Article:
9. Don’t bother explaining why certain data points are more significant than others — let the numbers speak for themselves.
  10. The same advice holds for figures and images on slides — don’t waste space by including words that explain what the images are depicting, or why certain features are important — let the audience do the work to figure it out for themselves.
  11. Check the clock — if you realize you’re short on time but still want to make a point, just click through some slides quickly. Your audience will get it.
  12. If you want to include text on a slide, just copy the long figure legends from a few of your images.
  13. Keep everyone guessing. In the corner of a slide labeled “conclusions,” note that it’s only slide 27 out of 104, so they’ll never know when the talk will truly end.
  14. On that note, talk about something totally different after your “conclusion” slide — maybe throw up some new data from an entirely different project, which you haven’t analyzed yet.
  15. When you really do end up concluding your talk, just assemble a bullet-point list of everything you discussed, and read it off, line by line.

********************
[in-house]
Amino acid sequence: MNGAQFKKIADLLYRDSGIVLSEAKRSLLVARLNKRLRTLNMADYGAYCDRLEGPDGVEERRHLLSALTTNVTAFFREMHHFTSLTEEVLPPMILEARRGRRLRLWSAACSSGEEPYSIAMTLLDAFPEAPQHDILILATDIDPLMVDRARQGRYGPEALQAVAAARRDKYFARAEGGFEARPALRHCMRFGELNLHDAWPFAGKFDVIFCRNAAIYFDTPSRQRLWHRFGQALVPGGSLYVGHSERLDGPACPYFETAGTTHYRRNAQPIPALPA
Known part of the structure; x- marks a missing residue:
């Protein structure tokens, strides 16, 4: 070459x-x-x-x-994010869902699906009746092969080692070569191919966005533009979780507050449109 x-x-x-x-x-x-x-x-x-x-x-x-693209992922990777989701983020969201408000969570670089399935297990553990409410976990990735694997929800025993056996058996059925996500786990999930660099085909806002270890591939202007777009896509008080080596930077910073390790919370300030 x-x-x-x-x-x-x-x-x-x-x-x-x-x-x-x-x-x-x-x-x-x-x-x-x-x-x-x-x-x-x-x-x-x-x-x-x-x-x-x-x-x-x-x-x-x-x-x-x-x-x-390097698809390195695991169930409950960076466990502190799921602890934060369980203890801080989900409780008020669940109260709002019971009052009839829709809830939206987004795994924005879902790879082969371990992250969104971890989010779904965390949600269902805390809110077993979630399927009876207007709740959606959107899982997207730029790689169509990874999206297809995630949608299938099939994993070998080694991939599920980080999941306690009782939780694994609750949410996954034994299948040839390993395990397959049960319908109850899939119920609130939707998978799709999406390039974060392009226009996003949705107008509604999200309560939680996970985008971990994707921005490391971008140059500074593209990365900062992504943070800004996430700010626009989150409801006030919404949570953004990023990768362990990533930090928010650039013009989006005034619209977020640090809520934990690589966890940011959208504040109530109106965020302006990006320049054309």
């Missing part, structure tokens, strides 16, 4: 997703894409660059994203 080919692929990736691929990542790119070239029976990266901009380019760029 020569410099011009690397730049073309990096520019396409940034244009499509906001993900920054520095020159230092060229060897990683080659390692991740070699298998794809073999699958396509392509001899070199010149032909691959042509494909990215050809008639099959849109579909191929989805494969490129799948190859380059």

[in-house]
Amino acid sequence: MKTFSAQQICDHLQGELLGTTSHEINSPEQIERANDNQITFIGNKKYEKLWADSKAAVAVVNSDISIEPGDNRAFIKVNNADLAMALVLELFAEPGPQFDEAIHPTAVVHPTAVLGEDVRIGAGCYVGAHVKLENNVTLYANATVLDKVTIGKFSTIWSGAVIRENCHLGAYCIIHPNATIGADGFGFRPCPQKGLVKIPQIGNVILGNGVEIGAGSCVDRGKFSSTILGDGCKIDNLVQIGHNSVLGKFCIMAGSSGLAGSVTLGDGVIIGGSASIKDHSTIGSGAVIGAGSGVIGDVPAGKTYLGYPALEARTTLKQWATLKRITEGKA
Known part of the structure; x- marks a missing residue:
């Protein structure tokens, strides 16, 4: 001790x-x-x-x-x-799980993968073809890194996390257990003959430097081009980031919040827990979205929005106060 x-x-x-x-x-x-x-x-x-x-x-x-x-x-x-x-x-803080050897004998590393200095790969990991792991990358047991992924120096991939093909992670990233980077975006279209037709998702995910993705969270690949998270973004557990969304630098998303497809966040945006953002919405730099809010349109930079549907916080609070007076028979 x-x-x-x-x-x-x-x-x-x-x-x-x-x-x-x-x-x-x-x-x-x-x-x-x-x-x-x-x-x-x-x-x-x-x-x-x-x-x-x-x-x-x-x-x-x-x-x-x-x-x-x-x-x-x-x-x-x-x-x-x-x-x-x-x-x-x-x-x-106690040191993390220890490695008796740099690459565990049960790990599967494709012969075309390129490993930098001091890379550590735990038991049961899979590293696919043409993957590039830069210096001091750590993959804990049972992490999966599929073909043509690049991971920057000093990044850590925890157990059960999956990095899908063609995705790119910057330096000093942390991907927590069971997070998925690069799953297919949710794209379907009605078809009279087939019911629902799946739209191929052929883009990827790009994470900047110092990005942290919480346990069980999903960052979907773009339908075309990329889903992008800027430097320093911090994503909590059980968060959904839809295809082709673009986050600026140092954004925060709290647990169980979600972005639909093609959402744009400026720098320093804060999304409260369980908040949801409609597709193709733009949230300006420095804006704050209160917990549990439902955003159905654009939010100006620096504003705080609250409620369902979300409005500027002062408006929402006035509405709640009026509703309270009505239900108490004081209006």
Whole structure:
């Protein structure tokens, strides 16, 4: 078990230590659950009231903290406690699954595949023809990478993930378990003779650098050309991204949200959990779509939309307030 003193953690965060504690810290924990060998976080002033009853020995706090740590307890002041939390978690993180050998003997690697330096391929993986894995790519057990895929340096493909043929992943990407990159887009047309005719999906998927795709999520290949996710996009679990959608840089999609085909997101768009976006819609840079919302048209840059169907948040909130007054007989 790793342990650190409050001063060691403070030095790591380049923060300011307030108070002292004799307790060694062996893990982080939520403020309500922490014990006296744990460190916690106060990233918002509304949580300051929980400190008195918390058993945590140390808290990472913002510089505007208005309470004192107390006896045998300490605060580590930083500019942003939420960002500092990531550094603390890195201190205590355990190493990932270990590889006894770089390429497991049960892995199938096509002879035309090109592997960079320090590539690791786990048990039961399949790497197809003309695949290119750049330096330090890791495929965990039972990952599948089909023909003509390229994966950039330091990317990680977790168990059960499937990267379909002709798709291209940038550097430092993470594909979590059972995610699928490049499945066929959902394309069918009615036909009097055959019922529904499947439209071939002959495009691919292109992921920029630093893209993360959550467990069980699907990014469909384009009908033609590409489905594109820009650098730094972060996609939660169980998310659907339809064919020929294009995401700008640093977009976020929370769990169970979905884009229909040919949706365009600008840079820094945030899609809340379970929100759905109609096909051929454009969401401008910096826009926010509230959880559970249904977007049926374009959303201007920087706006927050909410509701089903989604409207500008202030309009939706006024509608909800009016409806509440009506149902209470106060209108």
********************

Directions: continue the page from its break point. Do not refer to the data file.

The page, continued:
16. When acknowledging people and places who contributed to your project, mention everything — extensive acknowledgments are a great climax to a talk.
  17. Of course, continue talking long past your allotted time, showing no sign of ever stopping. This is particularly important if your talk is followed by refreshments, which should be plainly visible to the audience — but out of reach until the talk is over.
  18. If you have time for questions, use a question to talk further about another topic, unrelated to what the person was asking. (As a shortcut: Cut off the question before the person has finished, so you can really say whatever you want.) Even if the question appears to have a simple answer, make it long and complicated.